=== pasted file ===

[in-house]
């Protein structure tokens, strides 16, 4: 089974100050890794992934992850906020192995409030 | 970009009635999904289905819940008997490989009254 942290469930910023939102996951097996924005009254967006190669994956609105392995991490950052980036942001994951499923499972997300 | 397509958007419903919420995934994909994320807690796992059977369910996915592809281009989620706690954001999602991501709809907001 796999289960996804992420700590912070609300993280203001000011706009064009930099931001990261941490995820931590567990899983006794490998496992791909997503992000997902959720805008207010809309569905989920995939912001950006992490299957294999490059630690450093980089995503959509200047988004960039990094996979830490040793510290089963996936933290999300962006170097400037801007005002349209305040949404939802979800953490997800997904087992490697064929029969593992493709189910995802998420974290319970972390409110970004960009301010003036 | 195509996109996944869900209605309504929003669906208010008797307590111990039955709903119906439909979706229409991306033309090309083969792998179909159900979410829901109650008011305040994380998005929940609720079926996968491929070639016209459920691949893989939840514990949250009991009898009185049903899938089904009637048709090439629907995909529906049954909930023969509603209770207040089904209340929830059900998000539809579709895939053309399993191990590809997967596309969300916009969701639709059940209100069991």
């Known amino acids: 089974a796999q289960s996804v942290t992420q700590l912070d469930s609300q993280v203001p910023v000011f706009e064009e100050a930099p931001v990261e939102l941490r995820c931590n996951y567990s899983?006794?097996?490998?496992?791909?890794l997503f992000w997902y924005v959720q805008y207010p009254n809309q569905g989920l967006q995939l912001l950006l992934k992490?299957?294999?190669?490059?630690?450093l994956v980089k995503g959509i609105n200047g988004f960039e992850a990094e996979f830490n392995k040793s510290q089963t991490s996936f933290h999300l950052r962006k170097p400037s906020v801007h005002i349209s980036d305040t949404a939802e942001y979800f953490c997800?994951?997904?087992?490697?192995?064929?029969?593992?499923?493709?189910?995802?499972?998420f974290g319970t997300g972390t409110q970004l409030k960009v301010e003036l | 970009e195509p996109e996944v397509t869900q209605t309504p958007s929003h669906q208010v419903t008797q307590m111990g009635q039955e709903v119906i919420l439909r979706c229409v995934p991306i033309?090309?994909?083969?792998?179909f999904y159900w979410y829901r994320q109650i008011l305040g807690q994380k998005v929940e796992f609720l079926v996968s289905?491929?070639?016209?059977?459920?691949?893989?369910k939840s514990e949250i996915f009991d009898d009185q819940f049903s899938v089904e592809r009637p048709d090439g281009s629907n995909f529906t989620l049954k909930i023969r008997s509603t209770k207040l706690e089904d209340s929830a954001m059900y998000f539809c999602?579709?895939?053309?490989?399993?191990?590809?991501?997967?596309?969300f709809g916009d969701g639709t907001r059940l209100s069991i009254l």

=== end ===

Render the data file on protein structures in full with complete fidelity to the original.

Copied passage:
[in-house]
């Protein structure tokens, strides 16, 4: 089974100050890794992934992850906020192995409030 | 970009009635999904289905819940008997490989009254 942290469930910023939102996951097996924005009254967006190669994956609105392995991490950052980036942001994951499923499972997300 | 397509958007419903919420995934994909994320807690796992059977369910996915592809281009989620706690954001999602991501709809907001 796999289960996804992420700590912070609300993280203001000011706009064009930099931001990261941490995820931590567990899983006794490998496992791909997503992000997902959720805008207010809309569905989920995939912001950006992490299957294999490059630690450093980089995503959509200047988004960039990094996979830490040793510290089963996936933290999300962006170097400037801007005002349209305040949404939802979800953490997800997904087992490697064929029969593992493709189910995802998420974290319970972390409110970004960009301010003036 | 195509996109996944869900209605309504929003669906208010008797307590111990039955709903119906439909979706229409991306033309090309083969792998179909159900979410829901109650008011305040994380998005929940609720079926996968491929070639016209459920691949893989939840514990949250009991009898009185049903899938089904009637048709090439629907995909529906049954909930023969509603209770207040089904209340929830059900998000539809579709895939053309399993191990590809997967596309969300916009969701639709059940209100069991």
């Known amino acids: 089974a796999q289960s996804v942290t992420q700590l912070d469930s609300q993280v203001p910023v000011f706009e064009e100050a930099p931001v990261e939102l941490r995820c931590n996951y567990s899983?006794?097996?490998?496992?791909?890794l997503f992000w997902y924005v959720q805008y207010p009254n809309q569905g989920l967006q995939l912001l950006l992934k992490?299957?294999?190669?490059?630690?450093l994956v980089k995503g959509i609105n200047g988004f960039e992850a990094e996979f830490n392995k040793s510290q089963t991490s996936f933290h999300l950052r962006k170097p400037s906020v801007h005002i349209s980036d305040t949404a939802e942001y979800f953490c997800?994951?997904?087992?490697?192995?064929?029969?593992?499923?493709?189910?995802?499972?998420f974290g319970t997300g972390t409110q970004l409030k960009v301010e003036l | 970009e195509p996109e996944v397509t869900q209605t309504p958007s929003h669906q208010v419903t008797q307590m111990g009635q039955e709903v119906i919420l439909r979706c229409v995934p991306i033309?090309?994909?083969?792998?179909f999904y159900w979410y829901r994320q109650i008011l305040g807690q994380k998005v929940e796992f609720l079926v996968s289905?491929?070639?016209?059977?459920?691949?893989?369910k939840s514990e949250i996915f009991d009898d009185q819940f049903s899938v089904e592809r009637p048709d090439g281009s629907n995909f529906t989620l049954k909930i023969r008997s509603t209770k207040l706690e089904d209340s929830a954001m059900y998000f539809c999602?579709?895939?053309?490989?399993?191990?590809?991501?997967?596309?969300f709809g916009d969701g639709t907001r059940l209100s069991i009254l």